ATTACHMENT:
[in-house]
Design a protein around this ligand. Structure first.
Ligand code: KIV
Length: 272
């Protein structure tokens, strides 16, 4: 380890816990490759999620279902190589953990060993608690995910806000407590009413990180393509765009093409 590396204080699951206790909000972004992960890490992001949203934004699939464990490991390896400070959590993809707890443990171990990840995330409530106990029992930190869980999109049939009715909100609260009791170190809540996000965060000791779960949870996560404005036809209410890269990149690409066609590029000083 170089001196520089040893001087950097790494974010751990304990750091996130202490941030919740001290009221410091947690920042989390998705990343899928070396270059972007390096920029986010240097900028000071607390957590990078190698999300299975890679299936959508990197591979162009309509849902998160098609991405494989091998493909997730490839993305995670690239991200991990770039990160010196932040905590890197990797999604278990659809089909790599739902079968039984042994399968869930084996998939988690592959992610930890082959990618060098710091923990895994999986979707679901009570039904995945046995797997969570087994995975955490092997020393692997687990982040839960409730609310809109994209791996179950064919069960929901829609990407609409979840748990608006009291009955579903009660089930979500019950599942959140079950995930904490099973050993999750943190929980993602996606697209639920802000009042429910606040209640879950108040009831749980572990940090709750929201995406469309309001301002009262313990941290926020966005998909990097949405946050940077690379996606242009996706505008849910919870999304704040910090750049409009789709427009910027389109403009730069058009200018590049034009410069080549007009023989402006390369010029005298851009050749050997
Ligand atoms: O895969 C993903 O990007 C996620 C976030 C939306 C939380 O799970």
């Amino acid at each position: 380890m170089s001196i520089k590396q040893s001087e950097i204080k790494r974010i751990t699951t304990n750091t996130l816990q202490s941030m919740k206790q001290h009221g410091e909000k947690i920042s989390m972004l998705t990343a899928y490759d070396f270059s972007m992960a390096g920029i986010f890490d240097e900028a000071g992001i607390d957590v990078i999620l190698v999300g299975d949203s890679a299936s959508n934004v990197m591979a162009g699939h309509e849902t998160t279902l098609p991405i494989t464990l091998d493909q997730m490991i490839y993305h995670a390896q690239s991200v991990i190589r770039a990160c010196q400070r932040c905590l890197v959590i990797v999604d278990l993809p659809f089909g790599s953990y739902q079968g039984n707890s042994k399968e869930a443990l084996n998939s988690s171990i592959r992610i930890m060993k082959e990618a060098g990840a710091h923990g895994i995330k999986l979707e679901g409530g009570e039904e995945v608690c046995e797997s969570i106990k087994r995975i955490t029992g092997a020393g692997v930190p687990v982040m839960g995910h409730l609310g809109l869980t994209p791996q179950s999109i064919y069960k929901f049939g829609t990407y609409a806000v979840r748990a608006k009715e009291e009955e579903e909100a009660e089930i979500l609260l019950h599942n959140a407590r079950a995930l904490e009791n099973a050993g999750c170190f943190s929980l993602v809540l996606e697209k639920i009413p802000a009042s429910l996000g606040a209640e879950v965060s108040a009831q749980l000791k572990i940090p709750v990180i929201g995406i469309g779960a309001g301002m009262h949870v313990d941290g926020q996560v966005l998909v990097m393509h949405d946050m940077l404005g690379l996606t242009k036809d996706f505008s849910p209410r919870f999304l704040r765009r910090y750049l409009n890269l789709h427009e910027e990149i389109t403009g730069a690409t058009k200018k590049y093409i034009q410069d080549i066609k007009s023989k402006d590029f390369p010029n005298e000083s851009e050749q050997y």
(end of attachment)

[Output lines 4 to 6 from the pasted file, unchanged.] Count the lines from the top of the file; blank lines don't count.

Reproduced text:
Length: 272
């Protein structure tokens, strides 16, 4: 380890816990490759999620279902190589953990060993608690995910806000407590009413990180393509765009093409 590396204080699951206790909000972004992960890490992001949203934004699939464990490991390896400070959590993809707890443990171990990840995330409530106990029992930190869980999109049939009715909100609260009791170190809540996000965060000791779960949870996560404005036809209410890269990149690409066609590029000083 170089001196520089040893001087950097790494974010751990304990750091996130202490941030919740001290009221410091947690920042989390998705990343899928070396270059972007390096920029986010240097900028000071607390957590990078190698999300299975890679299936959508990197591979162009309509849902998160098609991405494989091998493909997730490839993305995670690239991200991990770039990160010196932040905590890197990797999604278990659809089909790599739902079968039984042994399968869930084996998939988690592959992610930890082959990618060098710091923990895994999986979707679901009570039904995945046995797997969570087994995975955490092997020393692997687990982040839960409730609310809109994209791996179950064919069960929901829609990407609409979840748990608006009291009955579903009660089930979500019950599942959140079950995930904490099973050993999750943190929980993602996606697209639920802000009042429910606040209640879950108040009831749980572990940090709750929201995406469309309001301002009262313990941290926020966005998909990097949405946050940077690379996606242009996706505008849910919870999304704040910090750049409009789709427009910027389109403009730069058009200018590049034009410069080549007009023989402006390369010029005298851009050749050997
Ligand atoms: O895969 C993903 O990007 C996620 C976030 C939306 C939380 O799970």